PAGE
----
By GRANT SMITH
Supply losses in the Middle East and North Africa may offset
rising shale oil output and push prices higher next year, the
International Energy Agency said.
Crude prices may come under renewed upside
pressure as refiners returning from seasonal maintenance
eat into supply
already curtailed by unrest in Libya and Iraq, the agency
said Thursday in its monthly market report.
The IEA slightly increased estimates for global oil demand in
2014, and for production from outside the Organization of
Petroleum Exporting Countries, resulting in a
comfortable balance for early next year.
Production problems in Libya and Iraq, among others,
continue to relentlessly fester, and may prove more market-
supportive in a context of rising demand than they have been
during the recent refinery
overhaul season, the
Paris-based adviser to 28 nations said.
Brent futures have slipped 3.1% this year to trade at about
$107.70/bbl in London today, as protests in Libya and
instability in Iraq are balanced by a muted recovery in Europe
and signs of slowing
in emerging economies.
Booming shale output will make the US the worlds
biggest oil producer by 2015, the IEA said in a separate
The agencys increase of estimates for world oil
consumption in 2014, by 20,000 bpd, left its forecast for
growth unchanged from last month. Global fuel use will expand
by 1.1 million bpd, or 1.2%, to 92.1 million bpd next year,
an acceleration from this year as the economic recovery
The IEA also raised project
ions for supplies from
outside OPEC in 2014, by about 100,000 bpd, to reflect
stronger-than-expected growth in the US and Russia. Non-OPEC
production will expand by 1.8 million bpd to 56.5 million bpd
next year. Last month the agency described this rate of
growth as the highest since the 1970s.
Rising non-OPEC output mean that the amount of crude required
from the 12-member group, which controls about 40% of global
supplies, will decline next year, the report showed. The call
on OPEC will fall to 29.1 million bpd in 2014, from 30
million this year. Thats about 800,000 bpd less than
the organization pumped last month.
Production from OPEC slipped about 100,000 bpd to 29.89
million bpd in October as Saudi Arabia, the biggest member,
reduced output in line with lower seasonal domestic demand,
according to the IEA. The Gulf kingdom trimmed output last
month to 9.75 million bpd, from 10.12 million, ending a
three-month spate about 10 million, the report showed.
Exports of crude from Iraq will probably remain below
capacity until the end of the first quarter next year because
of worsening security in the Basra region and bottlenecks at
the countrys Persian Gulf terminals.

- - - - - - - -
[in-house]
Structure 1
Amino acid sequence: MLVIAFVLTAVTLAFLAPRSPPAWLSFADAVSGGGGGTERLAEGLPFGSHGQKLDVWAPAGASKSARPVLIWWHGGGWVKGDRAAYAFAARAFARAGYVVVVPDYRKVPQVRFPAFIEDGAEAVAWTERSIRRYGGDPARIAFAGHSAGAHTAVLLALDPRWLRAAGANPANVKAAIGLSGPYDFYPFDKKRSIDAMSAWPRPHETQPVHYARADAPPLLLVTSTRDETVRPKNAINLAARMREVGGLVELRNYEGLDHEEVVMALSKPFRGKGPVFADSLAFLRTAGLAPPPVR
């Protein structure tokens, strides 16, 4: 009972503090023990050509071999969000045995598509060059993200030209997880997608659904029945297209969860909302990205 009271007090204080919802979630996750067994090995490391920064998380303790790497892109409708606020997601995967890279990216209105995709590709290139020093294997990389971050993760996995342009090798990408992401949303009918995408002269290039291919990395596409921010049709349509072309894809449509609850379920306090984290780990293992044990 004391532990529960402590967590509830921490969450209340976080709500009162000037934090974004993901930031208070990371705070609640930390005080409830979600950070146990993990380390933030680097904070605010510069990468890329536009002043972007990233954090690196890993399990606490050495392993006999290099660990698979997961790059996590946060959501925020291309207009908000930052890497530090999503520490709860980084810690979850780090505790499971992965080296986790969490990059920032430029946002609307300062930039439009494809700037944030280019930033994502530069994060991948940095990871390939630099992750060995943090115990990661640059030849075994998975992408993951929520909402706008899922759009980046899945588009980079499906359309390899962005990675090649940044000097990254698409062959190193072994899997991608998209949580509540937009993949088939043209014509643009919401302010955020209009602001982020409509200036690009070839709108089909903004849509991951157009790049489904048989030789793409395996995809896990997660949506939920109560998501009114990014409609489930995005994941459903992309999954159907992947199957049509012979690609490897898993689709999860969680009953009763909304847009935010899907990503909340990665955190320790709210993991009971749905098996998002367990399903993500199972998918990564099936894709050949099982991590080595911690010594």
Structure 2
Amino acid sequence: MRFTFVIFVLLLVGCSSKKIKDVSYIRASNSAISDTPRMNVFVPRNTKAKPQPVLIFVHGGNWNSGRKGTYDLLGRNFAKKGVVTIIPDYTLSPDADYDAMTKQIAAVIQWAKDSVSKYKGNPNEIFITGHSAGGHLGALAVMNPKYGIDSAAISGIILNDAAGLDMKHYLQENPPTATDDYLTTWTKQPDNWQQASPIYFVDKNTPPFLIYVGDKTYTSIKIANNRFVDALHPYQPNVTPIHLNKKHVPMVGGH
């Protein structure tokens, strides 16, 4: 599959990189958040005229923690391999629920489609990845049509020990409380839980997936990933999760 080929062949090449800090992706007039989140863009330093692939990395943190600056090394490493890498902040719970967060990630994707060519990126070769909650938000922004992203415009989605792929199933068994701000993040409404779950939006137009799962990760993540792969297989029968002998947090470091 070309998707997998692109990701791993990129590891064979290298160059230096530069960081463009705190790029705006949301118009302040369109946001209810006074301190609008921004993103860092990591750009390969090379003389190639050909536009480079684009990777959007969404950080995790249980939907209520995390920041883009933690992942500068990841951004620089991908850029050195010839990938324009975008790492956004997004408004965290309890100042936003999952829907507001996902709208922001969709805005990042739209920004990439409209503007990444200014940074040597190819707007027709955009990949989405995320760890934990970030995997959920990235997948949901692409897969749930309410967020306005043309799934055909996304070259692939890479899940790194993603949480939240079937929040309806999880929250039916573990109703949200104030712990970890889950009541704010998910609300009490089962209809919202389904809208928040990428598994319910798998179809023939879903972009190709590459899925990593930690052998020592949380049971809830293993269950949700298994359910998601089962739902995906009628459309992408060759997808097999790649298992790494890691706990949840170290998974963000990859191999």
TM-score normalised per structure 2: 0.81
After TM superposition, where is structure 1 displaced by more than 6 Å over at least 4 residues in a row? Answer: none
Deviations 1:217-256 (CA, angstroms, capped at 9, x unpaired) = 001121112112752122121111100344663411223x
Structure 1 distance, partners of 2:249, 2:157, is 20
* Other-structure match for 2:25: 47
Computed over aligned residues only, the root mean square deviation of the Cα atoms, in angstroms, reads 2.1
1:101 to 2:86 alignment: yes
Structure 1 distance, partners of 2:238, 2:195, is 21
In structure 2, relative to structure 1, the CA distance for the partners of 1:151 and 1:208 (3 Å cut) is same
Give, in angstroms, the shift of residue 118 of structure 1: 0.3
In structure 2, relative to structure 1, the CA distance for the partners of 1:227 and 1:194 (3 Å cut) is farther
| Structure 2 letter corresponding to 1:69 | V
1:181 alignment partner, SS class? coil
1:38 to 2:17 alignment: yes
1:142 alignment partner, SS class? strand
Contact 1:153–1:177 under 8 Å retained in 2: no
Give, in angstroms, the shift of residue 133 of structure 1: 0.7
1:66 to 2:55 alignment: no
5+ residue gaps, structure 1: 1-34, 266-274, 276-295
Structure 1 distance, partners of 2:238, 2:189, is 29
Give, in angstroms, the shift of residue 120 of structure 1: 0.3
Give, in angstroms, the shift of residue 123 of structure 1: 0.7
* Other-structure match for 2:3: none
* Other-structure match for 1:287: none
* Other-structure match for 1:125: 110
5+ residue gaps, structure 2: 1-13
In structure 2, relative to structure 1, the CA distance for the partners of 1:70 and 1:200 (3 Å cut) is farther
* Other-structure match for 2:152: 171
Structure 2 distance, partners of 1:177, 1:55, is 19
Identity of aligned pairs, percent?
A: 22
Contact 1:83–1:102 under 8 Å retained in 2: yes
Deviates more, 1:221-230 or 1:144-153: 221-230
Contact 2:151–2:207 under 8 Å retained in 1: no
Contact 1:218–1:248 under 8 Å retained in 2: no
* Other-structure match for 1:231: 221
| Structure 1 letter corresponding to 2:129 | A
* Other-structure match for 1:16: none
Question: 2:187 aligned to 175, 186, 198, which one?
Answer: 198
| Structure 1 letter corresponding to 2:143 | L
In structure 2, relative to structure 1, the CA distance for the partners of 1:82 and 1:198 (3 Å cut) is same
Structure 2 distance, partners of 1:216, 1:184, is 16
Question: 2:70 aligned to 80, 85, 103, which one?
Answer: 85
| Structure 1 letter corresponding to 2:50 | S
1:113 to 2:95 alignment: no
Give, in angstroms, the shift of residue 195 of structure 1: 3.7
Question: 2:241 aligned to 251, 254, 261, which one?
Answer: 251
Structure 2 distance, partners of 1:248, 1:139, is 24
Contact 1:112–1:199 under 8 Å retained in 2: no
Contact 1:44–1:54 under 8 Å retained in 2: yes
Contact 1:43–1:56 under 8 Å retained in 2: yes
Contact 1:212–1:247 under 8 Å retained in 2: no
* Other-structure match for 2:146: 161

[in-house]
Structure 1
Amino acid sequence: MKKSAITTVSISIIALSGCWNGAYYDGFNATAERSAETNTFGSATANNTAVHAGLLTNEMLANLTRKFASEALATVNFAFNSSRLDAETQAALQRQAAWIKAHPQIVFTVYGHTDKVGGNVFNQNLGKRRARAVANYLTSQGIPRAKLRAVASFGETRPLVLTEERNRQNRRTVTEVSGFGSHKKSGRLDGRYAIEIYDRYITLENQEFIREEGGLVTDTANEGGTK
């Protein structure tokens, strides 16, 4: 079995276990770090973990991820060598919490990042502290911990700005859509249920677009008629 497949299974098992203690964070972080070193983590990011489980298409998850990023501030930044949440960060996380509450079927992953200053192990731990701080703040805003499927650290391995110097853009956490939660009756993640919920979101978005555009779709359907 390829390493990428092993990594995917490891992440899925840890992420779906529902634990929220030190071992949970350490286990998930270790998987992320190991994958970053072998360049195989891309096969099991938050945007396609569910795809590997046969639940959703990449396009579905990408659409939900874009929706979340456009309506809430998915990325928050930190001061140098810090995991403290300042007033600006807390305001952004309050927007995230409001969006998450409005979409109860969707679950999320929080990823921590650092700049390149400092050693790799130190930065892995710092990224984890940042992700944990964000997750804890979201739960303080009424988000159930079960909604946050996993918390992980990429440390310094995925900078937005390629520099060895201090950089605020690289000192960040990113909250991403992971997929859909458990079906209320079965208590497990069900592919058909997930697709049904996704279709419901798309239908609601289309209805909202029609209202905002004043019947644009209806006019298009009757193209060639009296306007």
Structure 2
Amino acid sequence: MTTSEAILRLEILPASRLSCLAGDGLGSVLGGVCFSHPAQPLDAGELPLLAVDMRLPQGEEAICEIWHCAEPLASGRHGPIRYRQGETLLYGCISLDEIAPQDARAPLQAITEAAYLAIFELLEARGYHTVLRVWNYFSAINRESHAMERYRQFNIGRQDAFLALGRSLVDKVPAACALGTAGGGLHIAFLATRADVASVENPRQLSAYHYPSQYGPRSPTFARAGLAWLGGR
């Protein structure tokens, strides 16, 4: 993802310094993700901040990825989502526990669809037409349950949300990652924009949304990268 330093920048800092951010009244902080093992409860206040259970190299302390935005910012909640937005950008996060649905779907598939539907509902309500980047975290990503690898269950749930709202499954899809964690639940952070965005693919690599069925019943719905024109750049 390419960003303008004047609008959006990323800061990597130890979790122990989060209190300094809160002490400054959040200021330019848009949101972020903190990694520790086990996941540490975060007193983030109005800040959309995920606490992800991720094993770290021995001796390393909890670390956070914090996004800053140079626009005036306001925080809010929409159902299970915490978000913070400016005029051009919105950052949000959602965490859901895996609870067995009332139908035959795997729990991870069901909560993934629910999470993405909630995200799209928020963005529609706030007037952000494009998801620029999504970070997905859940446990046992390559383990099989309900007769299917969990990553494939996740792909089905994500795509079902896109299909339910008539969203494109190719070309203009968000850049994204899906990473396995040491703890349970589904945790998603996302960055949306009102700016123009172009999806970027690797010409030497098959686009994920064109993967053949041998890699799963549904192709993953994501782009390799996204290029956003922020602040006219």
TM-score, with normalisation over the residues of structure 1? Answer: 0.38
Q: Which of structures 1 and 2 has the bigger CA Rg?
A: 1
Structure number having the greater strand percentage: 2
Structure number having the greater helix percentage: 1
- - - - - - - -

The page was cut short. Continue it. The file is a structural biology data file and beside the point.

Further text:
While Libyan production rose by 50% month-on-month to 450,000
bpd in October, it had slipped back to 250,000 bpd by early
November amid worsening political turmoil and labor disputes,
the IEA said.
The creation of an independent oil company to control crude
sales by armed militia controlling areas of eastern Libya
was seen as largely symbolic, since there is little
chance oil traders would engage with the tribal groups,
the IEA said.
OPEC is expected to keep its supply target unchanged at 30
million bpd when officials assemble in Vienna on Dec. 4, the
IEA said, based on comments from several ministers.
OPECs own secretariat similarly characterized markets
as well-supplied in its monthly market report
yesterday. The groups members are Algeria, Angola,
Ecuador, Iran, Iraq, Kuwait, Libya, Nigeria, Qatar, Saudi
Arabia, the United Arab Emirates and Venezuela.
We have a fairly balanced market in 2014, with non-OPEC
supply growth matching demand growth, Amrita Sen, chief
oil market strategist at Energy Aspects Ltd. in London, said
before the report. The call on OPEC crude falls
slightly. Our outlook for prices in 2014 is that theyll
be lower than this year, but stable and still high. There is
upside risk for the demand outlook given the improvement in
processing rates declined
in September to the lowest in more than 22 years on low
profitability and seasonal maintenance
, the IEA said.
Preliminary data for October may show that processing in the
region has decreased to the least since 1989, the agency
Total inventories of crude and refined products in
industrialized nations are closer to their five-year average
after increasing by 8.6 million bbl in September, a month
when they normally decline, to 2.7 billion bbl, the IEA
report showed. That reduced the deficit in stockpiles
compared with their average to 42.9 million bbl, from 67